Feeding Horses to Discourage Tying Up Syndrome or Myopathy
Download PDF While significant research has been completed in regard to tying up syndrome in horses over the past several years, we are still not to a point where we can effectively prevent or even treat individual horses that exhibit myopathies of one sort or another. Muscular myopathy is multi-faceted and affects different horses in various ways. However, one of the most significant findings has been the identification of soluble carbohydrate sensitive horses. While feeding more than 7 pounds of grain to performance horses has been a common and accepted practice for centuries, we now realize that for some horses, this can be disastrous. Individual horses have a genetic inability to metabolize sugars at the cellular level during exercise. Feeding these horses large amounts of grain and thereby forcing them to attempt to use a fuel source that their bodies are incapable of metabolizing results in them tying up within a short amount of time after the initiation of elevated physical activity. These horses must be fed in a manner that allows them to adapt to alternative fuel sources such as fat and fiber. Reducing the level of soluble carbohydrates in their diets is the key to successful performance; however, a diet consisting of 100% hay and/or pasture simply does not provide enough calories to support elevated training and activity levels. Therefore, the diet for these horses must be carefully balanced to provide a mixture of fat, forage and high-energy fiber sources such as shredded beet pulp. Moderate to low molasses levels are acceptable, but the key is to maintain soluble carbohydrate levels as low as possible, preferably less than 25%.
Even individual horses that have experienced one or more tying up episodes, but may not have exhibited obvious symptoms of being soluble carbohydrate sensitive, have improved when switched to high fiber, high fat, low soluble carbohydrate diets. High fiber, high fat, low soluble carbohydrate diets are also being used successfully to treat and maintain laminitic horses. One of the best products on the market that satisfies the needs of these horses is Triple Crown Senior.
Other nutritional factors that affect horses that experience tying up episodes include mineral deficiencies or excesses, vitamin E and/or selenium deficiencies, electrolyte imbalances and/or deficiencies.
Calcium and magnesium intakes need to be properly balanced with the horse’s requirement and each other. Calcium deficiencies at the cellular level results in the muscle’s inability to properly contract and relax. Blood calcium levels are regulated hormonally and are dependant on dietary calcium intakes. Excessive dietary calcium intakes result in reduced calcium absorption and may predispose the horse to cellular calcium deficiency during exercise when the availability of calcium at the cellular needs to be at its highest. This affect is further exacerbated if dietary magnesium intakes are marginal or deficient. For this reason, dietary calcium and magnesium levels must be closely evaluated for horses that are predisposed to tying up. The levels of calcium, phosphorus and magnesium in the horse’s diet must be maintained as close to requirement levels as possible and feasible without being deficient or excessive.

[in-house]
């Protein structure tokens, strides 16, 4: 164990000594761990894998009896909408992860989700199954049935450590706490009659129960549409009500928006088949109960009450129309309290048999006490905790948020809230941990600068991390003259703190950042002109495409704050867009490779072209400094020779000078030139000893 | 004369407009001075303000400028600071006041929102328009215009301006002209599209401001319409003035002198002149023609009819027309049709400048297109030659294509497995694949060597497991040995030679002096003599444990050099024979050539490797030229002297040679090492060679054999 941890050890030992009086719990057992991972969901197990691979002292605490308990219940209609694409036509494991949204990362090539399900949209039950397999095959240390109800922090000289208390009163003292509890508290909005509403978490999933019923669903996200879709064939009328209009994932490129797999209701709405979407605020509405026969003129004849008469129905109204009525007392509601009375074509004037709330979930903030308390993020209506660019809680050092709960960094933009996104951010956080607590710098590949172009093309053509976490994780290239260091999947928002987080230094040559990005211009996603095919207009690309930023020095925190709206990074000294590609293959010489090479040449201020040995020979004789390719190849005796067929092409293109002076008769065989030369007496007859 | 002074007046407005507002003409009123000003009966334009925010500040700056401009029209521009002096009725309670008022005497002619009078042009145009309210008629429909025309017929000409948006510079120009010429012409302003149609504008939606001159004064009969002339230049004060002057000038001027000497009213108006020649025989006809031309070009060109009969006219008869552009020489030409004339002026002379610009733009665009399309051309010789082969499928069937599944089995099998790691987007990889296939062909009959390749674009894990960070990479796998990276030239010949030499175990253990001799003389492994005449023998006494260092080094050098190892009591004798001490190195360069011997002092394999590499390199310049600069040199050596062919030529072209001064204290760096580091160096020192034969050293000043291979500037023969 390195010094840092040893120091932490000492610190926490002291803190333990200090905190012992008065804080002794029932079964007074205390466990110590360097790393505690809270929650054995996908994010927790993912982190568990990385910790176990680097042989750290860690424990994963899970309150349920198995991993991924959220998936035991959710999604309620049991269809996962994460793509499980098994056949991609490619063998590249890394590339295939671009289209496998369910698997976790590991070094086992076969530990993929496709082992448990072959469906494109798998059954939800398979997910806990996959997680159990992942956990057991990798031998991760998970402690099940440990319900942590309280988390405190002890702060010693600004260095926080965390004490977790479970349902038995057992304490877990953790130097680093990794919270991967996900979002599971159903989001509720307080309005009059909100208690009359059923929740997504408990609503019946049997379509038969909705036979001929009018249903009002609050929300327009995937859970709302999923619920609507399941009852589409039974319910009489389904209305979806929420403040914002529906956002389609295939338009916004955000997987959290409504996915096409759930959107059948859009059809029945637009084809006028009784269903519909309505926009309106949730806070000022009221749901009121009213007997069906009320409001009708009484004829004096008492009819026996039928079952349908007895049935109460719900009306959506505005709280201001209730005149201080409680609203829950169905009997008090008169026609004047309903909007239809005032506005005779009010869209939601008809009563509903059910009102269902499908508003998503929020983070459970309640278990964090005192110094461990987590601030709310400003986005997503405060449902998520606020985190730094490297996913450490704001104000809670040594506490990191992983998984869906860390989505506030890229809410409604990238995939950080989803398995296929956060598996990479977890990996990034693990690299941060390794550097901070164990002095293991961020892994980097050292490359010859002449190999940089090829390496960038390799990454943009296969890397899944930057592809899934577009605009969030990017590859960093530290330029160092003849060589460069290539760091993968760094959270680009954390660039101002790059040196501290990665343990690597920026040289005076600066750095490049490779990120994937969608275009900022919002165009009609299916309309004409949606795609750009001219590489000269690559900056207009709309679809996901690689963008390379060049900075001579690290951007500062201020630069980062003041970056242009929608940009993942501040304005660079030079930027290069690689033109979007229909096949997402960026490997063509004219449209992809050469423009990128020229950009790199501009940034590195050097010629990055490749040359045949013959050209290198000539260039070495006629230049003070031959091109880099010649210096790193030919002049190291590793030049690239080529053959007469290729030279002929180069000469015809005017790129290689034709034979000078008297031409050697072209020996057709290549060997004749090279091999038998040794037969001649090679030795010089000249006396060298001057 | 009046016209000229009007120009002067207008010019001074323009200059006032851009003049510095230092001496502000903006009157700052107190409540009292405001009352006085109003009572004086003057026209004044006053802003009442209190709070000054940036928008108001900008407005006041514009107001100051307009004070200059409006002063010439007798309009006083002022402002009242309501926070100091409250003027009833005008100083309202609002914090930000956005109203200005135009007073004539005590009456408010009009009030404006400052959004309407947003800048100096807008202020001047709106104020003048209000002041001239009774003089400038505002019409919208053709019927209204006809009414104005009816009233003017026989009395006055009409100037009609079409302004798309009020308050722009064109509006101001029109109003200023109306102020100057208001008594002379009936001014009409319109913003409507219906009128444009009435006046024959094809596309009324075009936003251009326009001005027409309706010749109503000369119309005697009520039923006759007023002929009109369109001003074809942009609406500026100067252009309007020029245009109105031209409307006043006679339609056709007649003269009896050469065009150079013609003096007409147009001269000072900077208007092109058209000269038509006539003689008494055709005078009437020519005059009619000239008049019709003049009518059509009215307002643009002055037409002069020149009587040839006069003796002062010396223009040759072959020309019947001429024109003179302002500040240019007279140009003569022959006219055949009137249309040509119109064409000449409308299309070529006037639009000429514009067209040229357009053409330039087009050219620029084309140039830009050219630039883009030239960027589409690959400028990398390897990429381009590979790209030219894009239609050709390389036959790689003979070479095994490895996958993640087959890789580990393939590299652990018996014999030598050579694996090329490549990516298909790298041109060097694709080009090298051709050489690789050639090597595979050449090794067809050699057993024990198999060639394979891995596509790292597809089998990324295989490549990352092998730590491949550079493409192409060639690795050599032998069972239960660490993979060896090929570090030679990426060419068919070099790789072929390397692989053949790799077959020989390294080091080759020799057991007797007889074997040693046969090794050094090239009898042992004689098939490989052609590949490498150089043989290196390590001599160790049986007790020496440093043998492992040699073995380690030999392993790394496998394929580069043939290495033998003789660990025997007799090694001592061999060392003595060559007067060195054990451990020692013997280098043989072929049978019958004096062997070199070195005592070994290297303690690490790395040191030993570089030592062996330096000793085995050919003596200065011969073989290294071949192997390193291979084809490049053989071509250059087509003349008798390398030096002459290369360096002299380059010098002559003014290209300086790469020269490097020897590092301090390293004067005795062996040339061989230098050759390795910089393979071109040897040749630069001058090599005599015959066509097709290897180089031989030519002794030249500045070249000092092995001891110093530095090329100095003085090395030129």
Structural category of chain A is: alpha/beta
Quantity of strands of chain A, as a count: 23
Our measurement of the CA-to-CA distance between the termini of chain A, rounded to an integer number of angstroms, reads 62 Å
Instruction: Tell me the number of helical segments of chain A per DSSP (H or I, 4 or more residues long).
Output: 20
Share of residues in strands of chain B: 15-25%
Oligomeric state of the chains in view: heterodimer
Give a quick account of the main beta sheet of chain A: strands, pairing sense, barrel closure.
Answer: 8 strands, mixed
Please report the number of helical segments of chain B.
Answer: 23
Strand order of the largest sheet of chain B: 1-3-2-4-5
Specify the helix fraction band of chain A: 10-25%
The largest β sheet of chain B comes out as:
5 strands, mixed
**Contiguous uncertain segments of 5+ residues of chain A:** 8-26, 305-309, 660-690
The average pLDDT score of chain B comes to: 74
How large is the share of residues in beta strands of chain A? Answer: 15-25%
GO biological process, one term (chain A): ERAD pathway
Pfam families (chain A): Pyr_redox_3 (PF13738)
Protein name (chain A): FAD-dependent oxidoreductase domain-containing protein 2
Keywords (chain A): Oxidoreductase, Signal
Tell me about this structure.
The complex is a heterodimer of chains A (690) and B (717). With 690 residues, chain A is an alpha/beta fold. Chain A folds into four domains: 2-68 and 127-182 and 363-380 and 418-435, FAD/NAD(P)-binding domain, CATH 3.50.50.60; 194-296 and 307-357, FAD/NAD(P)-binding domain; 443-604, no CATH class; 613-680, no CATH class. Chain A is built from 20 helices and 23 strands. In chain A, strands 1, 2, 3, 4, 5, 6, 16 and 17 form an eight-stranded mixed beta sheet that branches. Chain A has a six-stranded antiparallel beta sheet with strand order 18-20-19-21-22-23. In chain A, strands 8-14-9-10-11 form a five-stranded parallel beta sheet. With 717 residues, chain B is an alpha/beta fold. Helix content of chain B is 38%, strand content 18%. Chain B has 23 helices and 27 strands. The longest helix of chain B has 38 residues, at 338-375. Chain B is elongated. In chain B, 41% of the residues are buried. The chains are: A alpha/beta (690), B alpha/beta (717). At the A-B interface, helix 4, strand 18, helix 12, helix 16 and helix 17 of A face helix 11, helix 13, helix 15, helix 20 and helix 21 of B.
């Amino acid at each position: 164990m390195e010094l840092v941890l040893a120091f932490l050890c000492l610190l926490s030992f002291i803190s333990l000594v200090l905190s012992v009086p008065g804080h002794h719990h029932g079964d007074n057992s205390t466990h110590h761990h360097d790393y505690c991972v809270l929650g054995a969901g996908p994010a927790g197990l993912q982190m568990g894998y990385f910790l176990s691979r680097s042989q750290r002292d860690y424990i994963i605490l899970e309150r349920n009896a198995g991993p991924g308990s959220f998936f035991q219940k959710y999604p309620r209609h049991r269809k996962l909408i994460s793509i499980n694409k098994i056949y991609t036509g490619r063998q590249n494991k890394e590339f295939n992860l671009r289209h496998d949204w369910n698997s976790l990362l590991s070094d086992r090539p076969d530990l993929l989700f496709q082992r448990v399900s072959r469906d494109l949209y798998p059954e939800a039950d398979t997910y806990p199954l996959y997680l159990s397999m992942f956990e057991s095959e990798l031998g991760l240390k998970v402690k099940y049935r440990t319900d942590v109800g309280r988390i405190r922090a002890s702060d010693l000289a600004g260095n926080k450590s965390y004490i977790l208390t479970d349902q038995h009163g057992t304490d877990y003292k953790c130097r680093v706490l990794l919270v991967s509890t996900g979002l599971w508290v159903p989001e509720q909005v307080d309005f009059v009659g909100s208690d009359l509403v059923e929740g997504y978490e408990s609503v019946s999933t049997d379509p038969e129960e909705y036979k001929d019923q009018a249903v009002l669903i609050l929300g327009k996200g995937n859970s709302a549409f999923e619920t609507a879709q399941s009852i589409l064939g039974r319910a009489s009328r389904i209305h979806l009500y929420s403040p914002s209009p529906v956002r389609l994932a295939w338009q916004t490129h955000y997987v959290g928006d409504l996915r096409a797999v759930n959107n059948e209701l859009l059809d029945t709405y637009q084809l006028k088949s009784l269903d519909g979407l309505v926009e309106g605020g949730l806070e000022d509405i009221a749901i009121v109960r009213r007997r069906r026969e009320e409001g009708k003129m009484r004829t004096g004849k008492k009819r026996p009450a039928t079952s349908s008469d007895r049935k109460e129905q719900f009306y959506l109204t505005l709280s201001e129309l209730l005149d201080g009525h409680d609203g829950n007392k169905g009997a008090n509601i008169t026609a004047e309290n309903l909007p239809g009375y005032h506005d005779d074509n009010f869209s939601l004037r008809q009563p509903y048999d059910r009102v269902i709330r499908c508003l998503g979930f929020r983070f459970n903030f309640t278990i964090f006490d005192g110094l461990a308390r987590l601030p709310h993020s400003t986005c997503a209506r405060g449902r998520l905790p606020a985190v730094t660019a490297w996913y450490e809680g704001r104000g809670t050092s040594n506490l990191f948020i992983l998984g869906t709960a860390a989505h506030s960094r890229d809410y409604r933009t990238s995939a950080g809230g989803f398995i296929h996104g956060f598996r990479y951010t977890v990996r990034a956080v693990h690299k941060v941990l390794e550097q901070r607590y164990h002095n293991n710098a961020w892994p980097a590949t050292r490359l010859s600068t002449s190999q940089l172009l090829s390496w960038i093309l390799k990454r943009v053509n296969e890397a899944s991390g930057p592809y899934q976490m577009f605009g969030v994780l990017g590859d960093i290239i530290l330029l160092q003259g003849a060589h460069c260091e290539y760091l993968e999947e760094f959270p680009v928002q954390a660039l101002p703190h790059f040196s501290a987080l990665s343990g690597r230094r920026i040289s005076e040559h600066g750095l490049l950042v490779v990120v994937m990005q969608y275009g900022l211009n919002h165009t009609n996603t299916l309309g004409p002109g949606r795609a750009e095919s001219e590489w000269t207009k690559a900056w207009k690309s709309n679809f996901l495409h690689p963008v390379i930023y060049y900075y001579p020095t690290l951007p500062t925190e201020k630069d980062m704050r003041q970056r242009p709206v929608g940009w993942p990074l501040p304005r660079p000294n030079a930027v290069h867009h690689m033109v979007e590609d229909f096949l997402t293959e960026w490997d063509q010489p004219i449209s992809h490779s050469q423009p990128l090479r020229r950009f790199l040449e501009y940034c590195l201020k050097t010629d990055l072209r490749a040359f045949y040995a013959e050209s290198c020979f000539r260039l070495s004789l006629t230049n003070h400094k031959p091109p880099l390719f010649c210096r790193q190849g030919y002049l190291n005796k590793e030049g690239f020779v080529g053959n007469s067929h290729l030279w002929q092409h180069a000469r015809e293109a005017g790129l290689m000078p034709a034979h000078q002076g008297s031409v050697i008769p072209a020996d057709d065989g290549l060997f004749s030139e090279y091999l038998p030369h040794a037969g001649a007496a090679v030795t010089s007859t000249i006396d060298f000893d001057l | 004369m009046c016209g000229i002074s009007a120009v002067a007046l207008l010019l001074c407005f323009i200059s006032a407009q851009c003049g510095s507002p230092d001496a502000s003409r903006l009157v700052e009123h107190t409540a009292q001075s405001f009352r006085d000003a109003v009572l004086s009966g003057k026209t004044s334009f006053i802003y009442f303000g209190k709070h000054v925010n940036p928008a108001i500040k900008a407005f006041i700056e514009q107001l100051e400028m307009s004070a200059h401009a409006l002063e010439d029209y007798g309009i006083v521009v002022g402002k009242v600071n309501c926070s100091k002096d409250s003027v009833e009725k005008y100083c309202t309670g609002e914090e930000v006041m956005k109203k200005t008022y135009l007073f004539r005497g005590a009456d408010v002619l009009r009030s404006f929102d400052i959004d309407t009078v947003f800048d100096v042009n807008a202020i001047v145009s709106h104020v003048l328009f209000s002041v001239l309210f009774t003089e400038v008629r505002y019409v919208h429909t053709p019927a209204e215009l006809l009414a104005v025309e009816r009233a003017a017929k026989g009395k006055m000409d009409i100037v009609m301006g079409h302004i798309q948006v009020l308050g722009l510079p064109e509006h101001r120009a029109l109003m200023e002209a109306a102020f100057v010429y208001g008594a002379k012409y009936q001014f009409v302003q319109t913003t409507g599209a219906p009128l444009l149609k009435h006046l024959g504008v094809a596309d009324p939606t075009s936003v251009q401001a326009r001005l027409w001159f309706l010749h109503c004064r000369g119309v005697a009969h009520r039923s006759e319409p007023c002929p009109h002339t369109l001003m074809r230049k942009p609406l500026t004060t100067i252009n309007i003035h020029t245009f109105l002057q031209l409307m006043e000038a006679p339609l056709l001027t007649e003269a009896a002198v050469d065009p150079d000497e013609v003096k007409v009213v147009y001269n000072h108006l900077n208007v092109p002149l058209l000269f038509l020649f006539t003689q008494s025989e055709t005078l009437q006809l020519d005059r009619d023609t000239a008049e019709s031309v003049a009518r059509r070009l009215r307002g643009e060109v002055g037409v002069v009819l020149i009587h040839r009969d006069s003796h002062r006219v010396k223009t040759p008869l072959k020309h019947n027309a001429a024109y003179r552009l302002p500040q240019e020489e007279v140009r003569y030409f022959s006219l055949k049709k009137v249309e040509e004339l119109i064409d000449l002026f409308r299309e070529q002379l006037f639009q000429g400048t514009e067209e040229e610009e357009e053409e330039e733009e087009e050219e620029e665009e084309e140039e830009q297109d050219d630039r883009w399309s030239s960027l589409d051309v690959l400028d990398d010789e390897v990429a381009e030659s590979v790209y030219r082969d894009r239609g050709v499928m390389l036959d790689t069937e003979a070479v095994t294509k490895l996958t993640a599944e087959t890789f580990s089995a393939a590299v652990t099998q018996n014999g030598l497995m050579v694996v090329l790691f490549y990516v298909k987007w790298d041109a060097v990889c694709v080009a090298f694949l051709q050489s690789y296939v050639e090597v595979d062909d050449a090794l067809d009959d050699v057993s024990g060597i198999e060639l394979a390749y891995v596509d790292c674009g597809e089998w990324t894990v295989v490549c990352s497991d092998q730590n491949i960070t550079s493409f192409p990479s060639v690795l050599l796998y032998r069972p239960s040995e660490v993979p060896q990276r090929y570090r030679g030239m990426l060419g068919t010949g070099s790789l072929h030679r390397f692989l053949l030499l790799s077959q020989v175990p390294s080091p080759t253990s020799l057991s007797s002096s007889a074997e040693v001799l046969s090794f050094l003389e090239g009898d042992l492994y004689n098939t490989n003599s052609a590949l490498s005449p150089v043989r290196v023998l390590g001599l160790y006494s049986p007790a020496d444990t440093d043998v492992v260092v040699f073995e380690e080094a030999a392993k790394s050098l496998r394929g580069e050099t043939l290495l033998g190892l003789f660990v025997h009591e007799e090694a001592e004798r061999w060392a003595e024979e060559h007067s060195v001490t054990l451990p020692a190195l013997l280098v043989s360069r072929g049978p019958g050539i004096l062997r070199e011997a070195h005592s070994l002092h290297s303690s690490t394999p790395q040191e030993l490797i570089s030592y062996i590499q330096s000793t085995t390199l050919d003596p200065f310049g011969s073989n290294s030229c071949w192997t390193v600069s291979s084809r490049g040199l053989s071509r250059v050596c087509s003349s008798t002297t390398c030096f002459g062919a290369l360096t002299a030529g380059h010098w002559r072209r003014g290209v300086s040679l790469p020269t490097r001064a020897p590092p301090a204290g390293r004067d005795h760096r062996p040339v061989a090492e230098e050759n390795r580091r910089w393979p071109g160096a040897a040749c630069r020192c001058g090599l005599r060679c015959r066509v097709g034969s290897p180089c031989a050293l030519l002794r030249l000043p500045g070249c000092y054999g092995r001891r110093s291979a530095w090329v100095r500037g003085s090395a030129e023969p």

Many horses that exhibit tying up tend to be sensitive to stress. By definition, these horses are highly susceptible to oxidation during exercise. Increasing dietary levels of vitamin E and selenium as well as other anti-oxidant nutrients such as zinc and copper (especially when provided in organic form) will help reduce the sensitivity of these horses to stress and subsequently to tying up.
Muscular contraction and relaxation is regulated by electrolytes at the cellular level, especially calcium, potassium, sodium and chloride. Of these, the one electrolyte that is most likely to be deficient in the performance horse’s diet is sodium. A sodium deficiency not only results in an electrolyte deficiency which adversely affects the cell’s ability to contract and relax efficiently, but also results in metabolic acidosis which in turn increases renal secretion of calcium and lowers activity of cellular enzymes. Therefore, maintaining proper levels and balances of dietary electrolytes can significantly reduce the incidence and/or severity of tying up episodes.
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